CIOs (Chief Information Officers) are smart, busy, and flooded with meetings. Internally, their peers and teams are constantly notifying them of status and new fires. Externally, they are flooded by sales calls. It's exhausting.
So how do you get an audience with them? And when you do, how do you get their attention and respect? In short: how to talk to a CIO?
IF YOU ARE IN SALES AND MARKETING: HOW TO GET IN FRONT OF A CIO
Talk to Mid-level Staff First
CIOs and other C-levels are bombarded with promotions. Most of the time, you want to talk to mid-level managers first and let them eventually tell their CIO about you. This may feel very indirect, but ultimately is better because:
C-level Roundtables and Other Intimate Settings
Because the market is so noisy and channels are saturated, the more intimate approach where you are actually meeting customers face-to-face and making a human connection can produce more real opportunities than blasting a message to thousands of prospects online. At a past company I worked for this is how we got the bulk of our enterprise opportunities. In the IT security space for example, check out CISO Executive Network as an example where each local chapter hosts 3 speakers and 20 CISOs a month. Go speak at this conference, be credible and memorable, and then network the room.
Referrals and Partner Marketing
CIOs and CISOs rely on trusted partners such as consultants, managed service providers (MSPs) and trusted vendors who are already established in their ecosystem. Getting a referral from one of these trusted sources can be more effective than trying to make a cold introduction.
Find the top 100 MSPs in your market and meet them directly. Sometimes even being friendly with potential competitors makes sense here, whoever can refer you to the CIO rather than you trying to make a cold introduction. Companies in the IT security market has got this dialed in: everyone is both a partner when it comes to finding referrals (a necessity in such a noisy industry) but also competitors on other deals. For busy CIOs, you are way more likely to take a meeting from a trusted referral than a cold intro.
HOW TO GET THE ATTENTION AND RESPECT OF THE CIO (AND ANY SENIOR LEADER)
Show Expertise. As much as possible approach as a peer, ie. demonstrate deep and genuine knowledge about the space and trends, and genuine curiosity to learn more.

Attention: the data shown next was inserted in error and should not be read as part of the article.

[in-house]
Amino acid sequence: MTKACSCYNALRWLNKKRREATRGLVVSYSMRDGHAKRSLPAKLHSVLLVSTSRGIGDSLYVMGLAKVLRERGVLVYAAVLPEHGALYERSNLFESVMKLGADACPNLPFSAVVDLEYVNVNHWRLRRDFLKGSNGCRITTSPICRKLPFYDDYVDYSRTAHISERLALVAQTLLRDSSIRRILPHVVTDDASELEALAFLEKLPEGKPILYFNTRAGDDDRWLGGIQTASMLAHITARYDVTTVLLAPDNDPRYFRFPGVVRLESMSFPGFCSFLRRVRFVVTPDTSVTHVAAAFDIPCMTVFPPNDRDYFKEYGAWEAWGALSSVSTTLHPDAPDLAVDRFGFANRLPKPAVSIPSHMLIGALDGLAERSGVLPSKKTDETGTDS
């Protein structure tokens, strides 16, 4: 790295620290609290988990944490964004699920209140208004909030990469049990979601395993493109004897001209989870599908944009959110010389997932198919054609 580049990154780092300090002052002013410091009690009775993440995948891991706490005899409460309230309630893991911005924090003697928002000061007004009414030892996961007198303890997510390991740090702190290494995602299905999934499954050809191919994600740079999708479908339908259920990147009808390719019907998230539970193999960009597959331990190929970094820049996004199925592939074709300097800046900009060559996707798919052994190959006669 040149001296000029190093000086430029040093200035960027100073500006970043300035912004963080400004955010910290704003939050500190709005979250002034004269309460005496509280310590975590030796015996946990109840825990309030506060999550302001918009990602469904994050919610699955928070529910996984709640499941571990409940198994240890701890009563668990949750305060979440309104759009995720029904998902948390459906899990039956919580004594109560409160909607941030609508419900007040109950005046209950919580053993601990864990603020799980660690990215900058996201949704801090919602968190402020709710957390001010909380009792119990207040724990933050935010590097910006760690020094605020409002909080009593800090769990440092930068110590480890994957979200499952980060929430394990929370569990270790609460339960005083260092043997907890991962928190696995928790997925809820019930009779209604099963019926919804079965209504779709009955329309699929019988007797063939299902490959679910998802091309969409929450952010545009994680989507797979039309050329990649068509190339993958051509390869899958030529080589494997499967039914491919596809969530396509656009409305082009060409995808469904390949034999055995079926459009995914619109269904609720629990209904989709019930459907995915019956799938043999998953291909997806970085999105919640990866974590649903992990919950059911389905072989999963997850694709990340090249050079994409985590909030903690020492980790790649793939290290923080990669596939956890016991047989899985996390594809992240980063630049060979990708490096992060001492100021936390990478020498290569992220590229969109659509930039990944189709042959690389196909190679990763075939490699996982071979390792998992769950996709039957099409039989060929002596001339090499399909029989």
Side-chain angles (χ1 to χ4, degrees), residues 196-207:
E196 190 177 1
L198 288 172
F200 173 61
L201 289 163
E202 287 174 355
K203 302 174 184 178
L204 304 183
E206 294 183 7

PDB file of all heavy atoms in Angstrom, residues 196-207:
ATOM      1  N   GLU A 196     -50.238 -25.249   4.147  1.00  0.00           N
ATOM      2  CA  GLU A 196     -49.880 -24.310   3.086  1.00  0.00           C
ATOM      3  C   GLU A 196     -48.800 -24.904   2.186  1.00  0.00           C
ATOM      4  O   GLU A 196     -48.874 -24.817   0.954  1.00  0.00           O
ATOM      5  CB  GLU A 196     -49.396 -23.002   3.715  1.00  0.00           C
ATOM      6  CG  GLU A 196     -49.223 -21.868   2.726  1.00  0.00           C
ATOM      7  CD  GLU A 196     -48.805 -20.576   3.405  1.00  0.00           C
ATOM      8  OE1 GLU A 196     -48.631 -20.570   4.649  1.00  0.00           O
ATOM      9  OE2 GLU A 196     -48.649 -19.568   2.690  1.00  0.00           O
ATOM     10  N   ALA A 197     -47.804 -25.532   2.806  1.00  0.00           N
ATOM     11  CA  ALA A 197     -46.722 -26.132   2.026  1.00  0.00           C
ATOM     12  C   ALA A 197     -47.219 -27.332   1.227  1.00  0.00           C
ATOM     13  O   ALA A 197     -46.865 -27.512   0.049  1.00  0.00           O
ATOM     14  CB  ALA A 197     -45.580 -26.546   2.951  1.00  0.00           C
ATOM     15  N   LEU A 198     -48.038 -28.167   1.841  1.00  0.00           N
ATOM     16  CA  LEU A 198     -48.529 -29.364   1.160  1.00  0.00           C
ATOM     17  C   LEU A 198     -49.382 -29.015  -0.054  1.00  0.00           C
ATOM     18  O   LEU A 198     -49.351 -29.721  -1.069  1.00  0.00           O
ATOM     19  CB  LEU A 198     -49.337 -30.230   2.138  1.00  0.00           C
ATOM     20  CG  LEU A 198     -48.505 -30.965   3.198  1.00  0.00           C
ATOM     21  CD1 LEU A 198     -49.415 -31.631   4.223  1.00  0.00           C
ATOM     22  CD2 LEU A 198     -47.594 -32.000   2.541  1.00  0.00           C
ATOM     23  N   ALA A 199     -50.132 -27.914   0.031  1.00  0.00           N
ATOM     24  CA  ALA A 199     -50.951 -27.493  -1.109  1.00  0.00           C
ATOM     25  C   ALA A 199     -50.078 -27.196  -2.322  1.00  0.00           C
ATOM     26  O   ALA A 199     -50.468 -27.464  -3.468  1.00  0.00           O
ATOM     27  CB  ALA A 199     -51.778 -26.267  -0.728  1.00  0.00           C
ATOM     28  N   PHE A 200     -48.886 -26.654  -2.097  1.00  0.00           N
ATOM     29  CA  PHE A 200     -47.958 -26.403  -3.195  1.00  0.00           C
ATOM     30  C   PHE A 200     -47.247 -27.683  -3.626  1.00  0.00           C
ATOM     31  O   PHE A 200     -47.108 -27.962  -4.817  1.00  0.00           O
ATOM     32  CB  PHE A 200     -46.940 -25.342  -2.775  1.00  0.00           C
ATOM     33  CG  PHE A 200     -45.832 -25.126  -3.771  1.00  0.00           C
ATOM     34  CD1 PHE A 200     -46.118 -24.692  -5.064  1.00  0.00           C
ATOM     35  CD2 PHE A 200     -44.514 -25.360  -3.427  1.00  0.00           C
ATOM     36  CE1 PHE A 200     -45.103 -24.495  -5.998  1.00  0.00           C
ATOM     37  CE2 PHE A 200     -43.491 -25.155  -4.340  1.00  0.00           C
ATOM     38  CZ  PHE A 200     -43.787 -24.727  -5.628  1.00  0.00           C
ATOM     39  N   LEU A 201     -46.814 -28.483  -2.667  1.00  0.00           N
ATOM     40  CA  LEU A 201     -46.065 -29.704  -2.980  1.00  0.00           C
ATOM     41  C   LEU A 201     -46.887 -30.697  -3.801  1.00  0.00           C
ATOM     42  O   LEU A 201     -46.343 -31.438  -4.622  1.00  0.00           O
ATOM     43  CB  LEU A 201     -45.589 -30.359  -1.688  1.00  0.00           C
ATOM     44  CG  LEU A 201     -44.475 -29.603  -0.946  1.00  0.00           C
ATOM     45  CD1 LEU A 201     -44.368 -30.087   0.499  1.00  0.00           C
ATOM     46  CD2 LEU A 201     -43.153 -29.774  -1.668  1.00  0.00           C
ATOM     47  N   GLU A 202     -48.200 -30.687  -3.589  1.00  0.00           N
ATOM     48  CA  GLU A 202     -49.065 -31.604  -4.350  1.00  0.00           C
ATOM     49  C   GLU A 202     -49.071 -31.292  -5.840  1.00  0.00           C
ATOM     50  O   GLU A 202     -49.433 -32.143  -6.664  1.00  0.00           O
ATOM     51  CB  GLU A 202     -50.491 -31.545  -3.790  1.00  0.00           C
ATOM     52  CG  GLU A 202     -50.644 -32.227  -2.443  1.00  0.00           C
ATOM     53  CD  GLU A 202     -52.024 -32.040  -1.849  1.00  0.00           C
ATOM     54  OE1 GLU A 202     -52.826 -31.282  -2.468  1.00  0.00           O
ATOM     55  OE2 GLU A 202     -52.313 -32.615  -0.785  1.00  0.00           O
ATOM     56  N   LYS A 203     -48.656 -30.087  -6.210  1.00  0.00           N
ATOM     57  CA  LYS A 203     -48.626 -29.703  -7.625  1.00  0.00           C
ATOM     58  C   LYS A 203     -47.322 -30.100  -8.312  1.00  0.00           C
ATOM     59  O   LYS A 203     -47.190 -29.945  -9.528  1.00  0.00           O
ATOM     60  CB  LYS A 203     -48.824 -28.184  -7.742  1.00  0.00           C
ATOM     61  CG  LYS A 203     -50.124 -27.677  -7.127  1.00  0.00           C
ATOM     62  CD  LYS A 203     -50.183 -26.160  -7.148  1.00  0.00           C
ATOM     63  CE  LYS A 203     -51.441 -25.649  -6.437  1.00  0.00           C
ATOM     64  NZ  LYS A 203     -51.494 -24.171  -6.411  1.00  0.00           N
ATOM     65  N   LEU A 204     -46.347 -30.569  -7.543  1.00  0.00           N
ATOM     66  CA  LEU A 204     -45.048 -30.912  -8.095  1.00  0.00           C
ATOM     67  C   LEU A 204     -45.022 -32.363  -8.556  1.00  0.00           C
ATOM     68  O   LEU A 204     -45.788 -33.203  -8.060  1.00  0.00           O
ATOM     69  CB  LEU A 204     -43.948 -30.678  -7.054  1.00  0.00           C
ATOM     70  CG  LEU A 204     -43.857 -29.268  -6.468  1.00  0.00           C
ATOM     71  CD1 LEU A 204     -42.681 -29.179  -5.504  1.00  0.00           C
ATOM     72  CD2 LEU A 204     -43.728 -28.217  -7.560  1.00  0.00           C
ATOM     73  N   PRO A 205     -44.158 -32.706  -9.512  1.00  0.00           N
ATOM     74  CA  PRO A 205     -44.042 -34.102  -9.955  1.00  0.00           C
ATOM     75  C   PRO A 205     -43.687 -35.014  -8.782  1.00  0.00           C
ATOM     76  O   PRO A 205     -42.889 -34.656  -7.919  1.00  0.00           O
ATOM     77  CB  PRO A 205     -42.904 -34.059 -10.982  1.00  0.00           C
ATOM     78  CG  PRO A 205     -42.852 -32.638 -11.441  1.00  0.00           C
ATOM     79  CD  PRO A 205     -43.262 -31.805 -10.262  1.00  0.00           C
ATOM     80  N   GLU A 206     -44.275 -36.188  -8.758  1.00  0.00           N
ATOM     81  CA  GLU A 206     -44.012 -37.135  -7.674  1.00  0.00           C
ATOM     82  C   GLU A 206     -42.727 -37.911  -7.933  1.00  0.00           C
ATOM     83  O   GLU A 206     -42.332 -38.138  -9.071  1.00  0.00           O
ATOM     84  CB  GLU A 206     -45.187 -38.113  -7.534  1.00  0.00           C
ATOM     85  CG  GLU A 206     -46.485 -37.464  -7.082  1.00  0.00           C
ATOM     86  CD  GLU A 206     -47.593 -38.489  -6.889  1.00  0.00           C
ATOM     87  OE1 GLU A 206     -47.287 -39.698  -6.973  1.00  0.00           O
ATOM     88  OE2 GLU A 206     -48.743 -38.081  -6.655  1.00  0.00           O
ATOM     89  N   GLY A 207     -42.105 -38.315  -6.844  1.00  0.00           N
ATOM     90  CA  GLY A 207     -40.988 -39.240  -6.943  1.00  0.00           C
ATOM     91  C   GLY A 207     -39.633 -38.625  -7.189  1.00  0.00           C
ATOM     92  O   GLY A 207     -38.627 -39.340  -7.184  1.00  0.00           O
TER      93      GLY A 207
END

Be Honest. Do your homework about their company and industry, challenge their point of view, but don't presume to know too much. At the end of the day you are an expert in your world, they are an expert in theirs, crossing that boundary too quickly is disingenuous.
Because the space is noisy, help them understand where to "place" you, what label or group of companies, what Gartner MQ, etc. and eventually, your differentiators. If you are too unique then you risk being noise so help connect the dots.
Every touch point offer some value, something to think about, a link to useful reference material, a heads up about an upcoming conference or industry trend. This only works if actually relevant, otherwise it will just be ANNOYING!
Be in it for the long term, it's not so much about the sale as establishing relationship where down the road we may help one another.
Be a human being. There is so much junk science out there for sales people about how to talk to prospects, and it all sounds smarmy and gross to me. Anything that you say or do in your work life, ask yourself: "Is this what a normal human being sounds like?" If not, knock it off and just be a regular person
HOW TO REPORT STATUS TO A CIO (GOOD OR BAD)
If you're on the inside, a PM responsible for delivering a significant program for example, and you need to provide status to the CIO, congratulations! You're in the spotlight :)
Consult with your manager and others on what the CIO wants to know most. Resist the urge to provide a lengthy update with lots of details. Typically the CIO (and other senior leaders) will have only a few key questions they need answered. Some research upfront will help you prepare for those questions specifically.